A Pennsylvania teacher penned her own obituary as she battled throat cancer, advising her friends and loved ones to "let go of the insignificant things and to just enjoy the people and places."
Ashley Ann Kuzma was just 32 when she died at the Cleveland Clinic in Ohio. She had fought laryngeal cancer for two years after chronic throat pain and hoarseness led to her diagnosis.
She endured 29 rounds of radiation and five chemo treatments, eventually undergoing surgery to remove her vocal chords. But nothing drove out the persistent disease that claimed her life on Sept. 22.
"When you have recurrent laryngeal cancer that just won't take no for an answer, you have a lot of time to think about death," Kuzma began her obit. She infused her death notice with doses of humor.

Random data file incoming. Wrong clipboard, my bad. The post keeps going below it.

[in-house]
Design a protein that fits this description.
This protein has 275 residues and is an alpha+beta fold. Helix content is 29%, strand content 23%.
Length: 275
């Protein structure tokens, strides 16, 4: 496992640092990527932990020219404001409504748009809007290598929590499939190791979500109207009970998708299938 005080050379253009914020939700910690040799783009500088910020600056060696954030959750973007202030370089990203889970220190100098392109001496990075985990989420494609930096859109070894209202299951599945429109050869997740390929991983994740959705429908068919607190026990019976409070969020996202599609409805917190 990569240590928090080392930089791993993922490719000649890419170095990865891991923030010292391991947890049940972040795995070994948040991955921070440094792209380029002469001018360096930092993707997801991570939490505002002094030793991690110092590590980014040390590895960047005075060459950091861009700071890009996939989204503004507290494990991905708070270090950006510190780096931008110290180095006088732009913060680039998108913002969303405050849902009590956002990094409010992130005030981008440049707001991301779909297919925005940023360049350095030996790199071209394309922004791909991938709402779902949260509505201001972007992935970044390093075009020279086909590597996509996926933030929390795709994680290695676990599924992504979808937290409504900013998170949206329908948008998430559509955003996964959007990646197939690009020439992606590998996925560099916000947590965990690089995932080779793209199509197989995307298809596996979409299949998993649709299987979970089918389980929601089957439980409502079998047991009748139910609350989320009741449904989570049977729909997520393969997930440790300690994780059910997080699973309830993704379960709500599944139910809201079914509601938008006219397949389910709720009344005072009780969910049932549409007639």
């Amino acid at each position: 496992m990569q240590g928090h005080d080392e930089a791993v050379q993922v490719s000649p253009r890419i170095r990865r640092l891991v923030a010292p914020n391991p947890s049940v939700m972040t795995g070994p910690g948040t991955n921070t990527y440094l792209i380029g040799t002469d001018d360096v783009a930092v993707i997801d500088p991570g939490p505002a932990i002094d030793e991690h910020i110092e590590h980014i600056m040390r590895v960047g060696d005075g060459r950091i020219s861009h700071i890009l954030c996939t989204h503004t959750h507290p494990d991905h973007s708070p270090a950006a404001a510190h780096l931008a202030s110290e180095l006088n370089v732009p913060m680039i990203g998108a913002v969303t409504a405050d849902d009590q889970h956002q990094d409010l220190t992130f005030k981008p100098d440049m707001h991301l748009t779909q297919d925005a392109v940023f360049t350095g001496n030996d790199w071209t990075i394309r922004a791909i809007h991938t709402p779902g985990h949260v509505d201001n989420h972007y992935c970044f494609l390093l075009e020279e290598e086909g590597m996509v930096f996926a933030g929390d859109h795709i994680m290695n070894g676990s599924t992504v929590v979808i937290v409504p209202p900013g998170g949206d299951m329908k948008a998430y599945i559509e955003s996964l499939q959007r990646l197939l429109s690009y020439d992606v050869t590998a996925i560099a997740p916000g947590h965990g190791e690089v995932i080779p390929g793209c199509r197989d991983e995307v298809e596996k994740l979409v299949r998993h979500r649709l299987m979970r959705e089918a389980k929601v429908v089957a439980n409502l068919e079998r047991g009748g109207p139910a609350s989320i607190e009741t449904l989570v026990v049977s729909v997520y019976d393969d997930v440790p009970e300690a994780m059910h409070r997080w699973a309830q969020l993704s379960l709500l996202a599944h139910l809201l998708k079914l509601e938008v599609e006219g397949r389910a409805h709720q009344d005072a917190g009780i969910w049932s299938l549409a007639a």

"The good thing is I no longer have to worry about saving for retirement, paying off student loans, or trying not to get skin cancer," she wrote.
"One positive outcome from having recurrent cancer was that it taught me to let go of the insignificant things and to just enjoy the people and places," she said.
In that vein, Kuzma said she was writing her own obituary to spare her family the burden of having to do it while dealing with her death.
She asked that friends and family celebrate her life instead of having a viewing because the latter is "too sad for everyone," she wrote.
Kuzma graduated from the University of Pittsburgh and joined McDowell Intermediate High School as a teacher. She enjoyed reading, "cuddling with my cats" and watching the Steelers football team.
"I was fortunate to have a loving family, supportive friends, a stable and meaningful job, and a house to call my own," she wrote. "My wish for you is to stop letting insignificant situations stress you out. Do what is important to you. Relax and enjoy the company of those around you. What do you value in your life? Int the end, that's what matters."